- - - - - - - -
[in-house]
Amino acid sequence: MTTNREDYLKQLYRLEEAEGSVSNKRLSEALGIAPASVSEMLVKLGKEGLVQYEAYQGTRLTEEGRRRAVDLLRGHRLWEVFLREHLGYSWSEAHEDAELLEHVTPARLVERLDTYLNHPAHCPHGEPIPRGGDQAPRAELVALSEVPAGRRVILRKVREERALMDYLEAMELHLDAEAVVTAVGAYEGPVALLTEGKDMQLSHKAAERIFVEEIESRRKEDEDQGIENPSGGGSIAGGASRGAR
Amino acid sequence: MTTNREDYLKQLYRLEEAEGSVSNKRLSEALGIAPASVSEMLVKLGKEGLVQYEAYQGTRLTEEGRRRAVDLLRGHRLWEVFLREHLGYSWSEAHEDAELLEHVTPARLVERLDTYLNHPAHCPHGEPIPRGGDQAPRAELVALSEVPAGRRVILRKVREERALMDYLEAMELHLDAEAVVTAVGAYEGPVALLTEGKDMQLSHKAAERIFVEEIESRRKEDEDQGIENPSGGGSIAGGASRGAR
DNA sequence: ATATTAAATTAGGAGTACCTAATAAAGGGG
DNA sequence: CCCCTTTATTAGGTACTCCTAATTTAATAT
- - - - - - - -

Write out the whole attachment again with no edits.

[in-house]
Amino acid sequence: MTTNREDYLKQLYRLEEAEGSVSNKRLSEALGIAPASVSEMLVKLGKEGLVQYEAYQGTRLTEEGRRRAVDLLRGHRLWEVFLREHLGYSWSEAHEDAELLEHVTPARLVERLDTYLNHPAHCPHGEPIPRGGDQAPRAELVALSEVPAGRRVILRKVREERALMDYLEAMELHLDAEAVVTAVGAYEGPVALLTEGKDMQLSHKAAERIFVEEIESRRKEDEDQGIENPSGGGSIAGGASRGAR
Amino acid sequence: MTTNREDYLKQLYRLEEAEGSVSNKRLSEALGIAPASVSEMLVKLGKEGLVQYEAYQGTRLTEEGRRRAVDLLRGHRLWEVFLREHLGYSWSEAHEDAELLEHVTPARLVERLDTYLNHPAHCPHGEPIPRGGDQAPRAELVALSEVPAGRRVILRKVREERALMDYLEAMELHLDAEAVVTAVGAYEGPVALLTEGKDMQLSHKAAERIFVEEIESRRKEDEDQGIENPSGGGSIAGGASRGAR
DNA sequence: ATATTAAATTAGGAGTACCTAATAAAGGGG
DNA sequence: CCCCTTTATTAGGTACTCCTAATTTAATAT